Acidosis and neutralization pathways in cancer; Bayesian latent factor models; breast cancer genomics; gene expression signatures; integrative cancer genomics; micro-environmental parameters in cancer; Weibull survival models
Although lactic acidosis is a prominent feature of solid tumors, we still have limited understanding of the mechanisms by which lactic acidosis influences metabolic phenotypes of cancer cells. We compared global transcriptional responses of breast cancer cells in response to three distinct tumor microenvironmental stresses: lactic acidosis, glucose deprivation, and hypoxia. We found that lactic acidosis and glucose deprivation trigger highly similar transcriptional responses, each inducing features of starvation response. In contrast to their comparable effects on gene expression, lactic acidosis and glucose deprivation have opposing effects on glucose uptake. This divergence of metabolic responses in the context of highly similar transcriptional responses allows the identification of a small subset of genes that are regulated in opposite directions by these two conditions. Among these selected genes, TXNIP and its paralogue ARRDC4 are both induced under lactic acidosis and repressed with glucose deprivation. This induction of TXNIP under lactic acidosis is caused by the activation of the glucose-sensing helix-loop-helix transcriptional complex MondoA:Mlx, which is usually triggered upon glucose exposure. Therefore, the upregulation of TXNIP significantly contributes to inhibition of tumor glycolytic phenotypes under lactic acidosis. Expression levels of TXNIP and ARRDC4 in human cancers are also highly correlated with predicted lactic acidosis pathway activities and associated with favorable clinical outcomes. Lactic acidosis triggers features of starvation response while activating the glucose-sensing MondoA-TXNIP pathways and contributing to the “anti-Warburg” metabolic effects and anti-tumor properties of cancer cells. These results stem from integrative analysis of transcriptome and metabolic response data under various tumor microenvironmental stresses and open new paths to explore how these stresses influence phenotypic and metabolic adaptations in human cancers.
Solid tumors usually have many differences in their chemical environments, such as low oxygen, depletion of glucose, high acidity (low pH), and accumulation of lactate, from normal tissues. These changes are usually called tumor microenvironmental stresses. In this study, we have used microarrays to compare the transcriptional response and metabolic adaptation in response to these different stresses seen in the tumor microenvironments. Through these comparisons, we have found that lactic acidosis triggers a starvation response, highly similar to glucose deprivation, even in the presence of abundant nutrients and oxygen. Even the cells seem to be starved; cells under lactic acidosis have decreased glucose uptake. We found this unexpected biological behavior was due to the paradoxical induction of a glucose-sensing Mondo-TXNIP pathway. The activation of this novel anti-tumor pathway under lactic acidosis contributes to the anti-Warburg effect and the restriction of cell growth in tumorigenesis by limiting nutrient availability and its inactivation may be required for tumor progression under these microenvironmental stresses.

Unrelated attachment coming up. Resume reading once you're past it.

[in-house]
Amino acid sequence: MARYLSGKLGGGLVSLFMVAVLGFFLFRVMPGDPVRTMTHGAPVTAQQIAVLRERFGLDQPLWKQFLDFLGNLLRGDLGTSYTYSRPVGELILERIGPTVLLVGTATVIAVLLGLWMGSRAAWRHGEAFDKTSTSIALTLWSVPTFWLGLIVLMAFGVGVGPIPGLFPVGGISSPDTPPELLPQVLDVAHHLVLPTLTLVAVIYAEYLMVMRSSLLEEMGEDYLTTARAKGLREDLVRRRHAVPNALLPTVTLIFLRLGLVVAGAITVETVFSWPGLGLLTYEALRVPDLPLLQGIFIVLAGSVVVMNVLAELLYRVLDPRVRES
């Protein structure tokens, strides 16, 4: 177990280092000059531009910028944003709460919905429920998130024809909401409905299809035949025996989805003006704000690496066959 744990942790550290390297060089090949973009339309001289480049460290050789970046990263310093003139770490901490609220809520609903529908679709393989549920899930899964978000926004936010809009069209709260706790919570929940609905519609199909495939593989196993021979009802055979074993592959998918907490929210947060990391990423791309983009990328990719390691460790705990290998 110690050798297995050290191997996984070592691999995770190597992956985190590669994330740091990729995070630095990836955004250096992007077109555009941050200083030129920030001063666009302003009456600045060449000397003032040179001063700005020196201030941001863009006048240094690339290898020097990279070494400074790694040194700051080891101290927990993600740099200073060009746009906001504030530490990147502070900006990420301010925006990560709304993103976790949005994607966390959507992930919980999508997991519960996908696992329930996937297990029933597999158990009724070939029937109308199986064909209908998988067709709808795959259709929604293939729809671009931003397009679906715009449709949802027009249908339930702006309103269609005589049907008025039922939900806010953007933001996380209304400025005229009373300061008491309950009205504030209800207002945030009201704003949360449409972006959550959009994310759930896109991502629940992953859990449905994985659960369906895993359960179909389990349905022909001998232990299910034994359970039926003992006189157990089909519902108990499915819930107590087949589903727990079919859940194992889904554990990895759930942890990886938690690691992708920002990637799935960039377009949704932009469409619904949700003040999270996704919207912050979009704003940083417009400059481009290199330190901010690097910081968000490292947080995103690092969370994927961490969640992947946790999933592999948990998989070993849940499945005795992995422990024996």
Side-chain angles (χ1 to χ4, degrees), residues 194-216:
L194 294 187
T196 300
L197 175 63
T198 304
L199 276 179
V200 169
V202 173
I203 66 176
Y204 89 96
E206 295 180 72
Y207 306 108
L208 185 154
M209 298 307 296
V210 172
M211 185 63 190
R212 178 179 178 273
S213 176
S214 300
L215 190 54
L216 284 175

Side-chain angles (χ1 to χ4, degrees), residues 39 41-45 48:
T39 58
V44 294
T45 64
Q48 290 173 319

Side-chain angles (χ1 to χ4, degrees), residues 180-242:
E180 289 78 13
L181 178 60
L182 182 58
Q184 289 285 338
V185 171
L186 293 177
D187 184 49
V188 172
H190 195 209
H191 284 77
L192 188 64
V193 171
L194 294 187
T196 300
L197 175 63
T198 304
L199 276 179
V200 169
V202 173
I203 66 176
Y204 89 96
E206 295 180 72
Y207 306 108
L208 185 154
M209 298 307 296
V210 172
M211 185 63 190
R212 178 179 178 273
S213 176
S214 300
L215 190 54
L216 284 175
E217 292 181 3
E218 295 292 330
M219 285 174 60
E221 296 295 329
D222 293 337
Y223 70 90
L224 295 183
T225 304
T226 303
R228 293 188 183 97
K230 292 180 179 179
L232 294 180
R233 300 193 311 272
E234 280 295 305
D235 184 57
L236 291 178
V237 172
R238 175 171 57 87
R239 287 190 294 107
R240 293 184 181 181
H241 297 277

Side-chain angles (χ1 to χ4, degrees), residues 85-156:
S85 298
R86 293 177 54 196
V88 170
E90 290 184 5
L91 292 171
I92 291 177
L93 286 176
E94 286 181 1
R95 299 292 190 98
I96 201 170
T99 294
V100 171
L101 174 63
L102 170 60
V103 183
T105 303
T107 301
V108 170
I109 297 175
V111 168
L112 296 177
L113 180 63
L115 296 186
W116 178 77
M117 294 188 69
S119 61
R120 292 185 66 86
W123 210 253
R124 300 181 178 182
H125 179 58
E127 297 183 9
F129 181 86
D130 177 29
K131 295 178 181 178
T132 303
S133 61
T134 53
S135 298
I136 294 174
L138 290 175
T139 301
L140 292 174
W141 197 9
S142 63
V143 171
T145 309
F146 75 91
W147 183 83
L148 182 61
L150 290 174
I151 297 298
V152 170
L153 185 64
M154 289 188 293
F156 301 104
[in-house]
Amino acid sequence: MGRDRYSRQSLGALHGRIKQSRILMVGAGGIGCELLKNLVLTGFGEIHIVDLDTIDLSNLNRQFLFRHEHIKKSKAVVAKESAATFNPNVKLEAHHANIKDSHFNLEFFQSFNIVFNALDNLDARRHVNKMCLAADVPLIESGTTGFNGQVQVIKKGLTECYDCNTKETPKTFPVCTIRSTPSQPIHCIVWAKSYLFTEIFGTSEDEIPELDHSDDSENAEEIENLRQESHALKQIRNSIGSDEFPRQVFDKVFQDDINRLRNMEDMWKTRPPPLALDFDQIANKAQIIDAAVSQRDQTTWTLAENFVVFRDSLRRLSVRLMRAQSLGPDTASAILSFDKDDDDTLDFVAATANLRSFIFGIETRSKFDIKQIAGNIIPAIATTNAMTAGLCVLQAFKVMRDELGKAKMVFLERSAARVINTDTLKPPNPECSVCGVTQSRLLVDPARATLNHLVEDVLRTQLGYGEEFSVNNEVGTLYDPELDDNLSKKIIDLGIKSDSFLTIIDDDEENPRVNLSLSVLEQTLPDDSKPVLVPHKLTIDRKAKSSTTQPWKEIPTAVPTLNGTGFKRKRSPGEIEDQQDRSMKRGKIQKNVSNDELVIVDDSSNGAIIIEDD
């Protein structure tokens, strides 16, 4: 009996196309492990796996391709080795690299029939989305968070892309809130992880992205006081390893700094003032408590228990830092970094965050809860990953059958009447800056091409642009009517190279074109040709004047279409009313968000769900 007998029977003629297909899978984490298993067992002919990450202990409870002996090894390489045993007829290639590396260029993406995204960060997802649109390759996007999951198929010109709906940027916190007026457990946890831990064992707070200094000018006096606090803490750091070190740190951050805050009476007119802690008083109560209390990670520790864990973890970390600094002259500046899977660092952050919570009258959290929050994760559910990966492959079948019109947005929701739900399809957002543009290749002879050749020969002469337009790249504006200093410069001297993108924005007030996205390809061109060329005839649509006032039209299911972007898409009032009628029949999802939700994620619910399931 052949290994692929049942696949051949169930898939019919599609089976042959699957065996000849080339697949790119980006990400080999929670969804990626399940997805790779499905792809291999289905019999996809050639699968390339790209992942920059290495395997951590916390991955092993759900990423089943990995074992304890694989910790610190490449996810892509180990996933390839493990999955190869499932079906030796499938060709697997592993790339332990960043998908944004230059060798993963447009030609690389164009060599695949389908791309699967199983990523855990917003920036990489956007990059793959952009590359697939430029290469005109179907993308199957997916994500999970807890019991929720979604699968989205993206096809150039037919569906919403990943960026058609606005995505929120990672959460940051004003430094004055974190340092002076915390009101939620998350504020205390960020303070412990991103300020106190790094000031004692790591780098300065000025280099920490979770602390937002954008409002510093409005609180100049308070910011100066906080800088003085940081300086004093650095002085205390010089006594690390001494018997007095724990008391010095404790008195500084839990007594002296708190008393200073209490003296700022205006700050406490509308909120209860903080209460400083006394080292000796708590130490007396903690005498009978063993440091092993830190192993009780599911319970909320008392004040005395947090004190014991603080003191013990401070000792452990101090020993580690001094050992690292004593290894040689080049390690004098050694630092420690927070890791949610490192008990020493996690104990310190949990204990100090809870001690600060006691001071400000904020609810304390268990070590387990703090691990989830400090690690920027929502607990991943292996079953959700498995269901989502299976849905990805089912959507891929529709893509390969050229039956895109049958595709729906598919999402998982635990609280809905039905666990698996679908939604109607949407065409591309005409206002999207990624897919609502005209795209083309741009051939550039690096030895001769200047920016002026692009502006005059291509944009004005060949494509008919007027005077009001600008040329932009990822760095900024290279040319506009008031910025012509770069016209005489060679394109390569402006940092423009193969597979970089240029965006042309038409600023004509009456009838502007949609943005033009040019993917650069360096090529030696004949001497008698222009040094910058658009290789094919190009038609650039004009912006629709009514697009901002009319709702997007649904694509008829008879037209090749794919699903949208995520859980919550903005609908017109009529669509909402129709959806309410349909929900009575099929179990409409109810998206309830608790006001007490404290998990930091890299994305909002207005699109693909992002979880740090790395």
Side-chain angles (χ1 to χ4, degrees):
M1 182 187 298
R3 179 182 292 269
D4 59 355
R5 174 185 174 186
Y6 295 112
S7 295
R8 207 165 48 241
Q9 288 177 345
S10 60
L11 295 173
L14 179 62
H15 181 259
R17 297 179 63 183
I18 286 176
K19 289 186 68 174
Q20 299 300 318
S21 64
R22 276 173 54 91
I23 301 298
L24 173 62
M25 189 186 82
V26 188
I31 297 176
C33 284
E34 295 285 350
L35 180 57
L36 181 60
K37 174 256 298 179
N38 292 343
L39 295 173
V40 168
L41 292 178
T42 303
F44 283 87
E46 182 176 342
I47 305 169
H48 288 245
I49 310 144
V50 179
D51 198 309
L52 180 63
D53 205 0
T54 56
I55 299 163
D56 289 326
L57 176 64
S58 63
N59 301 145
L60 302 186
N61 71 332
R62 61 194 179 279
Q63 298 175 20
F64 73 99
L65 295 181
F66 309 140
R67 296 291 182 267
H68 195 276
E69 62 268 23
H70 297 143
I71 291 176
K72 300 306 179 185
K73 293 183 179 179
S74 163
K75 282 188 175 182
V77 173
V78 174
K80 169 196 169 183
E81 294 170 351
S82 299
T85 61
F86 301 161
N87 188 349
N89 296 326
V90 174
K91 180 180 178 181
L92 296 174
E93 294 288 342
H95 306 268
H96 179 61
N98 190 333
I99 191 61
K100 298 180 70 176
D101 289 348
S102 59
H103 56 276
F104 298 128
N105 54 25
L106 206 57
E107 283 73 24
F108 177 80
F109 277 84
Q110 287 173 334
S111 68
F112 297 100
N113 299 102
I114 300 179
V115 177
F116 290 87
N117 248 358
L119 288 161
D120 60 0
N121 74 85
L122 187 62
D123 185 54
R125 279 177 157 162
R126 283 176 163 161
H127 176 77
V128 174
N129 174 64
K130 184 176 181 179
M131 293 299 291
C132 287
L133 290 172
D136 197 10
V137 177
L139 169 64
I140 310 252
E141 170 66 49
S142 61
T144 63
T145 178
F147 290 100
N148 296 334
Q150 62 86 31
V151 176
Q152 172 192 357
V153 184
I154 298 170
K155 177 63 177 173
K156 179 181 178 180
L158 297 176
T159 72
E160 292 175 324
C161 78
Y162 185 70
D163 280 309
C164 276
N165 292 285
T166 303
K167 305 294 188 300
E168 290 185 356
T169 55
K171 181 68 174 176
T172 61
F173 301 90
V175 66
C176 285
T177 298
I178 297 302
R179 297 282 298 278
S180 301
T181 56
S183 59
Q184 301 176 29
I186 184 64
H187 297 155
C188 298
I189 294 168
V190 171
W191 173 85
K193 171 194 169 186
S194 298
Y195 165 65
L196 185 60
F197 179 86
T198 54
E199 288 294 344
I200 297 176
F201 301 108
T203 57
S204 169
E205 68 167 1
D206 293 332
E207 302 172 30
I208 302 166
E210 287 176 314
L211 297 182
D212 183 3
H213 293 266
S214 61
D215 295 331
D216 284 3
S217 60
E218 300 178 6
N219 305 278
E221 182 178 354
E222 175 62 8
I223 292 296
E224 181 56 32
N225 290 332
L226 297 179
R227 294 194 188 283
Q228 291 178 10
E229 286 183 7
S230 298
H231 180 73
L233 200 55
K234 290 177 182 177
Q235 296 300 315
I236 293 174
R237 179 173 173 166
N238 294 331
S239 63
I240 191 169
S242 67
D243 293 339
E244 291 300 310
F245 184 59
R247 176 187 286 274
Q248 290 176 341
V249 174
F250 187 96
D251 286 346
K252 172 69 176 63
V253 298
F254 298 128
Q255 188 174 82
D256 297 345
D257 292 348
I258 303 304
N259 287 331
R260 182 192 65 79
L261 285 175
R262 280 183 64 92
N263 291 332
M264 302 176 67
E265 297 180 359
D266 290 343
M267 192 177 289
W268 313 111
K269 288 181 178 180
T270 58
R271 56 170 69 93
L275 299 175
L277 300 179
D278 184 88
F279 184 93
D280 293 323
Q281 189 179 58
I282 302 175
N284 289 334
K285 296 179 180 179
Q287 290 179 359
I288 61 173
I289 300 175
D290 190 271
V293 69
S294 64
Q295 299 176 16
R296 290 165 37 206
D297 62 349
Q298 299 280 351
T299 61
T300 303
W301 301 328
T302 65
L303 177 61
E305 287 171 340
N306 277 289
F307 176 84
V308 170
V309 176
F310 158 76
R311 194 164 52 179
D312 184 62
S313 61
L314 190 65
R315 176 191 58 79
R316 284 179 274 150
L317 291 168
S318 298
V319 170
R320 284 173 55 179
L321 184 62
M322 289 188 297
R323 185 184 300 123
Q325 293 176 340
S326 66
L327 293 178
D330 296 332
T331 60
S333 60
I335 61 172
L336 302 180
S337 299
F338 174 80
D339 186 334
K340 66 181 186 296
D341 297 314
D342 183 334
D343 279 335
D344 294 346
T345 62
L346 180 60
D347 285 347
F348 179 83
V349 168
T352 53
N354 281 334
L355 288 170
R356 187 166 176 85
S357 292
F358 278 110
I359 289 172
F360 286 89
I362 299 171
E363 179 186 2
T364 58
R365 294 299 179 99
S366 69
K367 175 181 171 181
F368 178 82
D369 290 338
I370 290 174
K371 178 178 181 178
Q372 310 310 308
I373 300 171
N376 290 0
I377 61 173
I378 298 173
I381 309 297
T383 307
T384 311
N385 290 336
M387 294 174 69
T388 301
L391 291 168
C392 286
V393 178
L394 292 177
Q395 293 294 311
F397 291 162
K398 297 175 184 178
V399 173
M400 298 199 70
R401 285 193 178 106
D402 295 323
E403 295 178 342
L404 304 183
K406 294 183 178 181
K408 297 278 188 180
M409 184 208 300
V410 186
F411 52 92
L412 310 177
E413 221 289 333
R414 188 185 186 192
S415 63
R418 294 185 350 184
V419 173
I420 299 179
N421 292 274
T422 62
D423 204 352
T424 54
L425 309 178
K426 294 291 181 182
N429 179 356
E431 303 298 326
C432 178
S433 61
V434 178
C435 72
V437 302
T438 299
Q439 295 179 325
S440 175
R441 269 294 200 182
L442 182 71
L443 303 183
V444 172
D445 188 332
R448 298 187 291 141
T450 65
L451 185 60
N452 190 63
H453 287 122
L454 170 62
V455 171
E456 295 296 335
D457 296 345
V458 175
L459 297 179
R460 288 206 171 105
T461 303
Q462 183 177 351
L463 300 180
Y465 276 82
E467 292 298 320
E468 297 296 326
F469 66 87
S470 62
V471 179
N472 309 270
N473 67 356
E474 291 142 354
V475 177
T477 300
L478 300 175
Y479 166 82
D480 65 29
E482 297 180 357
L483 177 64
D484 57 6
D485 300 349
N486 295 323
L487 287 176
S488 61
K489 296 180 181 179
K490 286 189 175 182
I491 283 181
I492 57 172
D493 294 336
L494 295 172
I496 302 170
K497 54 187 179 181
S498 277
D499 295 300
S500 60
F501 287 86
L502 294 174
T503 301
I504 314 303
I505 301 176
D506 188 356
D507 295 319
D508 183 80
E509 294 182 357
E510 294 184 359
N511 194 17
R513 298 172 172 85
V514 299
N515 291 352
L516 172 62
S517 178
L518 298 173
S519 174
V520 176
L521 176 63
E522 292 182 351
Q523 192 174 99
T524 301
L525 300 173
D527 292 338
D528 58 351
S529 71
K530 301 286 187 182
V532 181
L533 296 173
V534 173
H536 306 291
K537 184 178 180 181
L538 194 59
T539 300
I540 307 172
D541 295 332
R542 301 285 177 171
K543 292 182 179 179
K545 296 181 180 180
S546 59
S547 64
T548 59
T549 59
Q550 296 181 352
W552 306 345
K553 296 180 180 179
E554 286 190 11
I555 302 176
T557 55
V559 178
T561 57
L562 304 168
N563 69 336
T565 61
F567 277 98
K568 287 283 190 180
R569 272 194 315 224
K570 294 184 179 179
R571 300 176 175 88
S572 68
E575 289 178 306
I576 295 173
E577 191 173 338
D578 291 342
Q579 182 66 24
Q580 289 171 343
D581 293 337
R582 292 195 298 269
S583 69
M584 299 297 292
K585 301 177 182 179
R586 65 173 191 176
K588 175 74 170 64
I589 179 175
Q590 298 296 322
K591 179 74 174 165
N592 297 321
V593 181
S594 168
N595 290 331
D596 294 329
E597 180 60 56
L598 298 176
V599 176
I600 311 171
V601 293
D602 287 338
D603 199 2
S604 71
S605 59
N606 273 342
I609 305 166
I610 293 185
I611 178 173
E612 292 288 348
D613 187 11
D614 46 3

There is overwhelming evidence that tyrosine kinases play an important role in cancer development. As a prototype of targeted therapy, tyrosine kinase inhibitors are now successfully applied to cancer treatment. However, as single agents, tyrosine kinase inhibitors have not achieved satisfactory results in the treatment of prostate cancer, principally due to their inability to efficiently kill tumor cells. The authors’ laboratory has been interested in the role of the Src complex in prostate cancer progression, including the induction of androgen independence and metastasis. Previously, the authors reported that Src inhibitors such as saracatinib and PP2 caused G1 growth arrest and diminished invasiveness in prostate cancer cells but rarely apoptosis. Here, they have shown that Src family kinase (SFK) inhibitors can induce a high level of autophagy, which protects treated cells from undergoing apoptosis. Src siRNA knockdown experiments confirmed that autophagy was indeed caused by the lack of Src activity. The SFK inhibitor-induced autophagy is accompanied by the inhibition of the PI3K (type I)/Akt/mTOR signaling pathway. To test whether autophagy blockade could lead to enhanced cell death, pharmacological inhibitors (3-methyladenine and chloroquine) and a genetic inhibitor (siRNA targeting Atg7) were used in combination with SFK inhibitors. The results showed that autophagy inhibition effectively enhanced cell killing induced by SFK inhibitors. Importantly, the authors showed that a combination of saracatinib with chloroquine in mice significantly reduced prostate cancer (PC3) xenograft growth compared with the control group. Taken together, these data suggest that (1) autophagy serves a protective role in SFK inhibitor-mediated cell killing, and (2) clinically acceptable autophagy modulators may be used beneficially as adjunctive therapeutic agents for SFK inhibitors.
Src tyrosine kinase; prostate cancer; autophagy; saracatinib; chloroquine